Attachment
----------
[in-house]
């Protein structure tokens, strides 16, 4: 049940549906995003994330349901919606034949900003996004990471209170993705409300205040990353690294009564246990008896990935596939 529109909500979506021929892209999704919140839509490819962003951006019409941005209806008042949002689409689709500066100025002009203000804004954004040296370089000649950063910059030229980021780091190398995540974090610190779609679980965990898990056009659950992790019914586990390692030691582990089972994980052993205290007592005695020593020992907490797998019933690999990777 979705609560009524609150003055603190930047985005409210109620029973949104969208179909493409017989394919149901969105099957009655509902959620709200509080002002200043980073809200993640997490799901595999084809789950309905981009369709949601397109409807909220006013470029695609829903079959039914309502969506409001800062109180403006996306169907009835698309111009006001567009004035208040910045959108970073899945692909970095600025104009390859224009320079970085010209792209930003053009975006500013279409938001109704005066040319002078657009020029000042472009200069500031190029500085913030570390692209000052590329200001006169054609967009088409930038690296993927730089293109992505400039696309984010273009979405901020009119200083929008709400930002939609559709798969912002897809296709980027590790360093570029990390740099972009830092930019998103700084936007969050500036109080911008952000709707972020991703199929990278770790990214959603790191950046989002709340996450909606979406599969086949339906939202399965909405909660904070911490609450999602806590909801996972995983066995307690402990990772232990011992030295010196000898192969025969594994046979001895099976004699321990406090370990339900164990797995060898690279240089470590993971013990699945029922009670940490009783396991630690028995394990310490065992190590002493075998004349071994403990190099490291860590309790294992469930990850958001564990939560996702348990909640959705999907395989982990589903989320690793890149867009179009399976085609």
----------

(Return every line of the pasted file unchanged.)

[in-house]
């Protein structure tokens, strides 16, 4: 049940549906995003994330349901919606034949900003996004990471209170993705409300205040990353690294009564246990008896990935596939 529109909500979506021929892209999704919140839509490819962003951006019409941005209806008042949002689409689709500066100025002009203000804004954004040296370089000649950063910059030229980021780091190398995540974090610190779609679980965990898990056009659950992790019914586990390692030691582990089972994980052993205290007592005695020593020992907490797998019933690999990777 979705609560009524609150003055603190930047985005409210109620029973949104969208179909493409017989394919149901969105099957009655509902959620709200509080002002200043980073809200993640997490799901595999084809789950309905981009369709949601397109409807909220006013470029695609829903079959039914309502969506409001800062109180403006996306169907009835698309111009006001567009004035208040910045959108970073899945692909970095600025104009390859224009320079970085010209792209930003053009975006500013279409938001109704005066040319002078657009020029000042472009200069500031190029500085913030570390692209000052590329200001006169054609967009088409930038690296993927730089293109992505400039696309984010273009979405901020009119200083929008709400930002939609559709798969912002897809296709980027590790360093570029990390740099972009830092930019998103700084936007969050500036109080911008952000709707972020991703199929990278770790990214959603790191950046989002709340996450909606979406599969086949339906939202399965909405909660904070911490609450999602806590909801996972995983066995307690402990990772232990011992030295010196000898192969025969594994046979001895099976004699321990406090370990339900164990797995060898690279240089470590993971013990699945029922009670940490009783396991630690028995394990310490065992190590002493075998004349071994403990190099490291860590309790294992469930990850958001564990939560996702348990909640959705999907395989982990589903989320690793890149867009179009399976085609």